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Cochlear Implant Magnet Dislocation Caused by 1.5T MRI: Case Series Study

Article Information

Kento Koda MD1,2, Akinori Kashio MD, PhD1*, Tsukasa Uranaka MD1, Yujiro Hoshi MD1, Shigeo Takenouchi MD1, Yu Matsumoto MD, PhD1, Shinichi Iwasaki MD, PhD3, Tatsuya Yamasoba MD, PhD1

1Department of Otolaryngology and Head and Neck Surgery, The University of Tokyo, Tokyo, Japan

2Department of Otolaryngology and Head and Neck Surgery, Takeda General Hospital Aizuwakamatsu, Fukushima, Japan

3Department of Otolaryngology and Head and Neck Surgery, Nagoya City University, Nagoya, Japan

*Corresponding Author: Dr. Akinori Kashio, Department of Otolaryngology and Head and Neck Surgery, The University of Tokyo, Tokyo, Japan

Received: 03 August 2020; Accepted: 14 August 2020; Published: 14 September 2020

Citation: Kento Koda, Akinori Kashio, Tsukasa Uranaka, Yujiro Hoshi, Shigeo Takenouchi, Yu Matsumoto, Shinichi Iwasaki, Tatsuya Yamasoba. Cochlear Implant Magnet Dislocation Caused by 1.5T MRI: Case Series Study. Archives of Clinical and Medical Case Reports 4 (2020): 883-889.

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Magnet dislocation (MD) is a serious concern for cochlear implant users. The frequency of magnetic resonance imaging (MRI) examination is much higher in Japan than in other countries, which may be a major problem for cochlear implant users. Here, we report two cases in which 1.5T MRI caused severe pain and MD of the cochlear implant. Both patients received cochlear implants manufactured by Cochlear Ltd., which are compatible with 1.5T MRI. Both patients experienced MD; in one case, manual fixation was attempted. Radiography revealed that the magnet seemed to be successfully fixed; however, ultrasonic echo indicated dislocation, and the magnet was finally fixed surgically. In the other case, the cochlear implant was surgically replaced because the original implant had a cracked silicon bed. Ultrasonic echo was a useful tool for visualizing the precise location of the magnet. Even when a magnet is successfully repositioned by manual fixation, the possibility that the silicon bed is also seriously damaged remains. Surgical fixation of the magnet is recommended to investigate whether or not the silicon bed is damaged, especially for patients who need to undergo repeat MRI examinations for follow-up.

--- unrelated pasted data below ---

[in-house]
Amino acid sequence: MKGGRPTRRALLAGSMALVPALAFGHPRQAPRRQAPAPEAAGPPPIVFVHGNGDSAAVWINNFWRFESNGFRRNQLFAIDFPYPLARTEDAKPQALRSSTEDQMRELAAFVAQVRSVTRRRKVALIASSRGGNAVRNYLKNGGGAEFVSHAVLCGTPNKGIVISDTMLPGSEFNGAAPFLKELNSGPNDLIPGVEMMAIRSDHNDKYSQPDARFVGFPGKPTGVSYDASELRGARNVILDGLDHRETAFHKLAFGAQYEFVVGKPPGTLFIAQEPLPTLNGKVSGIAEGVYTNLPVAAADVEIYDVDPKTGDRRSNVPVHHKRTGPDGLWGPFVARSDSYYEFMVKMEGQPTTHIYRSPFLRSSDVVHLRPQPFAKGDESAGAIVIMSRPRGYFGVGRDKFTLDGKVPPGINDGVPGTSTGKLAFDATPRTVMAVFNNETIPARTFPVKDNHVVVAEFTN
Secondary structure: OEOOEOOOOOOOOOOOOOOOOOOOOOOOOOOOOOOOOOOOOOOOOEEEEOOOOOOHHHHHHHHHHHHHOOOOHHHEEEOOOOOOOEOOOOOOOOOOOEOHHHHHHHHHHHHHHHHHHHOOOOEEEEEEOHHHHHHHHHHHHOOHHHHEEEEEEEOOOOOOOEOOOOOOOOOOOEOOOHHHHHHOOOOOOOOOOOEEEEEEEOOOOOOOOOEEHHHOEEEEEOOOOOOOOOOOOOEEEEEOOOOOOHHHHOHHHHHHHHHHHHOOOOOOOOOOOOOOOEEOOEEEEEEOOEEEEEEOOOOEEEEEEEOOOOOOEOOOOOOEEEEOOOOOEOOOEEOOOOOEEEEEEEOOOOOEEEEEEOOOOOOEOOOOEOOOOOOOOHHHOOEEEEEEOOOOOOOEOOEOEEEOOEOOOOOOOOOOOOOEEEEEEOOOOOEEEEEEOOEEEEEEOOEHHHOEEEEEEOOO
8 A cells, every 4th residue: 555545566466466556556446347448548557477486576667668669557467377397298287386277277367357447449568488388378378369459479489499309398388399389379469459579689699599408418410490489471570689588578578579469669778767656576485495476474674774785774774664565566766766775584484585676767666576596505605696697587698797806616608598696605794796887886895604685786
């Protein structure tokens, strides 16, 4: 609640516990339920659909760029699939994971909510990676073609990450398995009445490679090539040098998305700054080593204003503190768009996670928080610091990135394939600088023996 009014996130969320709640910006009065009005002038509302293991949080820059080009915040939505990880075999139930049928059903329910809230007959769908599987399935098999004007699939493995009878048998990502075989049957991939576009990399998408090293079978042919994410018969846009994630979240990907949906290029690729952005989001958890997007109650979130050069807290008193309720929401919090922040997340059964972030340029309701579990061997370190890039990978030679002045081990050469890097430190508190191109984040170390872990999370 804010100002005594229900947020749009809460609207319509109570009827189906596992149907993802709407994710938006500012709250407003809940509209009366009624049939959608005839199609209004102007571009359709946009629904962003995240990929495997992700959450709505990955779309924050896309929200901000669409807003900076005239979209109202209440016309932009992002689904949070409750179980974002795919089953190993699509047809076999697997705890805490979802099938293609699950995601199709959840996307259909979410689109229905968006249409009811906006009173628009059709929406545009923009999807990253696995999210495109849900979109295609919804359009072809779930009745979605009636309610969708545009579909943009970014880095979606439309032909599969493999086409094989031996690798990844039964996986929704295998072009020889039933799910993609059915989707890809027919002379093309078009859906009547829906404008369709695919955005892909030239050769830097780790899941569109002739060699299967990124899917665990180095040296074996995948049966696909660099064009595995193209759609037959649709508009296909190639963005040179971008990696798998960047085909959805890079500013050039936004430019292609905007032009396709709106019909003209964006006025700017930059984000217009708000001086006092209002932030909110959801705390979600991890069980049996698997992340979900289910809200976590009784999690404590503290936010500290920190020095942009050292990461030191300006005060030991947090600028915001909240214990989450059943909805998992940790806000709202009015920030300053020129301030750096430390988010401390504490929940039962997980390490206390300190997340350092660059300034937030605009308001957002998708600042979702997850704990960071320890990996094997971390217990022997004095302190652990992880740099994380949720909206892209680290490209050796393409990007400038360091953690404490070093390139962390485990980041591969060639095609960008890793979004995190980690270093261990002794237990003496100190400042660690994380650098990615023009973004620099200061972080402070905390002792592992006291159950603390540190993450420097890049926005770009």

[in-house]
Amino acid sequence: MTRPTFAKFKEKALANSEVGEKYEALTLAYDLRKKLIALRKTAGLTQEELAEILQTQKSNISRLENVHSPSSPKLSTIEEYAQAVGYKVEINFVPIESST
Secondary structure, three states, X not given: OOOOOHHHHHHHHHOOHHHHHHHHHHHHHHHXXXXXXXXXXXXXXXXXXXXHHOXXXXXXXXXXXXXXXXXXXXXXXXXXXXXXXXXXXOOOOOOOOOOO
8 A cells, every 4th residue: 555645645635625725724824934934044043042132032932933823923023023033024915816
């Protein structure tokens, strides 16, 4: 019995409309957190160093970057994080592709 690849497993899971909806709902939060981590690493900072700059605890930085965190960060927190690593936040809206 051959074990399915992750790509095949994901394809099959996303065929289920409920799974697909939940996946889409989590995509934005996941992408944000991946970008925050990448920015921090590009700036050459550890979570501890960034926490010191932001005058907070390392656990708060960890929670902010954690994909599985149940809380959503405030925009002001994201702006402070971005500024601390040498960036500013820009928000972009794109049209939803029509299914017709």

Magnet dislocation; Cochlear implant; Magnetic resonance imaging; Ultrasonic echo; Three-dimensional computed tomography

Magnet dislocation articles, Cochlear implant articles, Magnetic resonance imaging articles, Ultrasonic echo articles, Three-dimensional computed tomography articles

Article Details

1. Introduction

Cochlear implant (CI) is one of the most successfully used implant devices and is provided to patients with profound or severe sensorineural hearing loss. Patients with CI were previously unable to undergo magnetic resonance imaging (MRI) examination. However, recent improvements in CI technology have made it possible for CI users to undergo MRI, although guidelines for MRI vary depending on the CI manufacturers. Currently, patients with CI are allowed to undergo examination with 1.5T MRI, but complications associated with MRI, such as pain, discomfort, and dislocation of the magnet, have been reported [1]. Magnet dislocation (MD) after MRI, whose risk was reported approximately 6.5% [2], can cause pain, swelling, and sound-processor connection failure. Moreover, leaving a dislocated magnet may cause the magnet to break through the skin [3] and cause an infection [4], resulting in implant removal [5]. Therefore, early detection of MD and subsequent repositioning of the magnet is required. When the magnet is partially dislocated, manual repositioning without skin incision may be attempted. When the magnet is completely dislocated or when manual fixation of the magnet has failed, surgical repositioning is required.

Here, we present two CI cases of partial MD that occurred following the examination using 1.5T MRI. In the first case, the magnet appeared to be properly repositioned manually. However, ultrasonic examination (UE) after repositioning revealed that the magnet remained dislocated and surgical repositioning was conducted. In the second case, a surgical procedure was performed upon the patient’s request. During the surgery, the repositioning of the magnet was easy, but we found large cracks in the silicon bed. Therefore, surgical re-implantation was conducted.